The Superior Spider-Man Vol. 2

The Superior Spider-Man Vol. 2
Superior Spider-Man Vol 2 review
  • North American Publisher / ISBN: Marvel - 978-0-7851-5448-8
  • Volume No.: 2
  • Release date: 2014
  • UPC: 9780785154488
  • Contains adult content?: no
  • Does this pass the Bechdel test?: no
  • Positive minority portrayal?: no
  • CATEGORIES: Superhero

Doctor Octopus goes a long way to cementing his status as Spider-Man over the course of this hardcover collection, first dealing with a troublesome conscience, and then expanding Spider-Man’s activities exponentially. If you’d prefer, you can find the content in paperback as A Troubled Mind and No Escape.

The reason for the latter’s title is the best story on offer here (although it’s all good). This is all the more unlikely as it features the Spider-Slayer as the villain of the piece, and that’s never previously been an indication of quality. “Our so-called super prison is a joke”, rants mayor J. Jonah Jameson at a press conference, “that’s why as my next act as mayor I am shutting it down for good! I refuse to have that revolving door on my doorstep!” Later in the book he’s there for the closing and the execution of a criminal, and from that Slott supplies a confined environment extravaganza. The key is that far from being ignorant about the premises, as it’s Octavius’ mind now controlling Spider-Man he’s intimately familiar with the prison and has prepared before arrival.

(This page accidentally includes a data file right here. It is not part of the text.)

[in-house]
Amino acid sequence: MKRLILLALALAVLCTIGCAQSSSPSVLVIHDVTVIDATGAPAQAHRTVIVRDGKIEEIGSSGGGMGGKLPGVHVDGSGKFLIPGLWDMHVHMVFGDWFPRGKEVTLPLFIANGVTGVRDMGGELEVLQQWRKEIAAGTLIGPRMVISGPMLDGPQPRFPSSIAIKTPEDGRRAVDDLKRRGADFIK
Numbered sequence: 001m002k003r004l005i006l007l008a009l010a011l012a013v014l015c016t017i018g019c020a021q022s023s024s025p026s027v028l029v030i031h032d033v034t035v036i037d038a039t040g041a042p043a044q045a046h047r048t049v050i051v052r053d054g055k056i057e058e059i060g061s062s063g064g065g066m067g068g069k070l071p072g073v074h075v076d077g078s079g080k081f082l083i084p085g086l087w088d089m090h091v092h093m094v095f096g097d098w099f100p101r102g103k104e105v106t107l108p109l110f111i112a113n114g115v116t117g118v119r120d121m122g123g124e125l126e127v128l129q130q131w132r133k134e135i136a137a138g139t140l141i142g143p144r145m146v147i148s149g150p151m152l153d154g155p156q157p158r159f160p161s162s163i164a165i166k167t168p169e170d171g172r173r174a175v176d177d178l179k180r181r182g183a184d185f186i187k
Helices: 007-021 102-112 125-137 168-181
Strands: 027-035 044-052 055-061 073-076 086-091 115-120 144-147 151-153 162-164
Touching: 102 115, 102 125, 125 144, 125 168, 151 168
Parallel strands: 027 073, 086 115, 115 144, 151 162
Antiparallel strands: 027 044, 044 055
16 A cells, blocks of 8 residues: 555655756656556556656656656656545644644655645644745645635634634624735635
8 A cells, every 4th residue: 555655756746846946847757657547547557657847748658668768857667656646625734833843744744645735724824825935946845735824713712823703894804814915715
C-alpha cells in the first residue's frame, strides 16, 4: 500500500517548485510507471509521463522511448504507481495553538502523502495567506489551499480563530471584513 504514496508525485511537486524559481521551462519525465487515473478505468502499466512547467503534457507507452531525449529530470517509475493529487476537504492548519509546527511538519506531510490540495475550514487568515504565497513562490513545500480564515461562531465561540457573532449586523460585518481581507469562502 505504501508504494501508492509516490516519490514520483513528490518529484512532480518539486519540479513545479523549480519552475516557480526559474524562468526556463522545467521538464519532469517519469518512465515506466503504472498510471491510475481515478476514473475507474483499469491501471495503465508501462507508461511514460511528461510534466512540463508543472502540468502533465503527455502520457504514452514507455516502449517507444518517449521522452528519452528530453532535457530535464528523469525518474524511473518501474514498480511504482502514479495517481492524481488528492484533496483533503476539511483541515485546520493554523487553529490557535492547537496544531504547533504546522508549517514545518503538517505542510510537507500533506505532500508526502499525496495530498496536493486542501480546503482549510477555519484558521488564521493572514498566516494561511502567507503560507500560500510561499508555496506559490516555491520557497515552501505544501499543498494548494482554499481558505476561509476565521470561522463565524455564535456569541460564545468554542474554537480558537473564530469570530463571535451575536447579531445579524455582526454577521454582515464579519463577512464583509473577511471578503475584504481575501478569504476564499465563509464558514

Before that there’s been a face-off against his Avengers colleagues, who feel his recent behaviour has overstepped boundaries, and the battle that seemed unlikely for this series of Spider-Man versus Doctor Octopus. There’s also Octavius dealing with a matter he now believes has been a limitation on his effectiveness. That’s actually a tragedy, and is Slott toying with readers as to how the series is going to progress.

The art throughout is broad cartooning, with Humberto Ramos (sample page) less restricted than Ryan Stegman, and Giuseppe Camuncoli’s pages leaning more toward realism. All are good artists, and reader response will be determined by what level of exaggeration about the art is too much. Also involved is Christos Gage, who scripts much of the content from Slott’s plots, and he captures the arrogance and superiority of Octavius every bit as well as Slott.

As with the previous volume, there’s not much in the way of extras to entice buyers who already have the strories, but the quality of the work is the inducement as this is Spider-Man material you’re likely to read more than once.